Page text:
Seen in another way, the profile of the candidate’s motivations will allow us to know under what conditions, in what position, or in what type of circumstances said candidate will be willing, a priori, to work with enthusiasm, dedication, and care to obtain the best results. Results.
The employee’s motivation profile
Regarding internal evaluation, the profile of motivations and interests of the employees provides valuable information with a view to addressing practices aimed at improving different aspects that positively impact their satisfaction and performance, from the configuration or redesign of jobs to the customization of the reward system.
It is also very useful to identify suitable profiles in vertical or horizontal promotion processes, and especially in performance assessment processes, intending to design more individualized and effective improvement actions in those cases in which the low performance of an employee is caused by the mismatch between their motivations and the characteristics, opportunities, environment, etc. from his post.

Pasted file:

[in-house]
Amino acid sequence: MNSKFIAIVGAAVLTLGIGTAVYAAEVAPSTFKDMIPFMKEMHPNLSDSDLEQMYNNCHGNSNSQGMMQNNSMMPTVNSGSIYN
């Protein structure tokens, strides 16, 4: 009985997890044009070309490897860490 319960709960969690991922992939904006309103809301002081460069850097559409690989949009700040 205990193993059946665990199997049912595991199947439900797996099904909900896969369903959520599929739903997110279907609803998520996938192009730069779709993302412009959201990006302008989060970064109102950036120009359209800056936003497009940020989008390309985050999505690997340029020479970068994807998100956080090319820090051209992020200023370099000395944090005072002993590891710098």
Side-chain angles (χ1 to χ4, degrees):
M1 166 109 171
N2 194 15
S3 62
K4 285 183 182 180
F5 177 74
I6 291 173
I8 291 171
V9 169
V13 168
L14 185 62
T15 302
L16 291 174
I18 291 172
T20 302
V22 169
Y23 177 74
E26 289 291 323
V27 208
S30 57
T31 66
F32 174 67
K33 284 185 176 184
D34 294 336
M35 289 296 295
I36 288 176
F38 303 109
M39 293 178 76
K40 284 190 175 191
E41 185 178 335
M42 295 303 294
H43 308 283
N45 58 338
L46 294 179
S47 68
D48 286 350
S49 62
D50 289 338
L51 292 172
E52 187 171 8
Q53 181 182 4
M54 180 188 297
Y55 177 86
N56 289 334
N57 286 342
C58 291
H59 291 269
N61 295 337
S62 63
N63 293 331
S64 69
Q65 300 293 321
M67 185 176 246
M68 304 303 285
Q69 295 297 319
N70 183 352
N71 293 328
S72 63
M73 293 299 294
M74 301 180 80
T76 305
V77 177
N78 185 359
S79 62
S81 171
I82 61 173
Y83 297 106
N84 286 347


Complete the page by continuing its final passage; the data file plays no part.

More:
Models for the Evaluation of individual motivations
In general terms, motivation refers to the effort people are willing to initiate and maintain in their jobs.
Contrary to the widespread belief that individuals work mainly to earn a salary that allows them to live comfortably, the interests that motivate people to put effort into their work are many and varied, as are the reasons. They generate demotivation.
For example, some people may become demotivated and stop trying at work when they perceive that they will not be able to do it well, others when they do not find a clear connection between their performance and what they receive in return, others when they do not find clear opportunities to continue growing and even others when they stop enjoying a good work environment.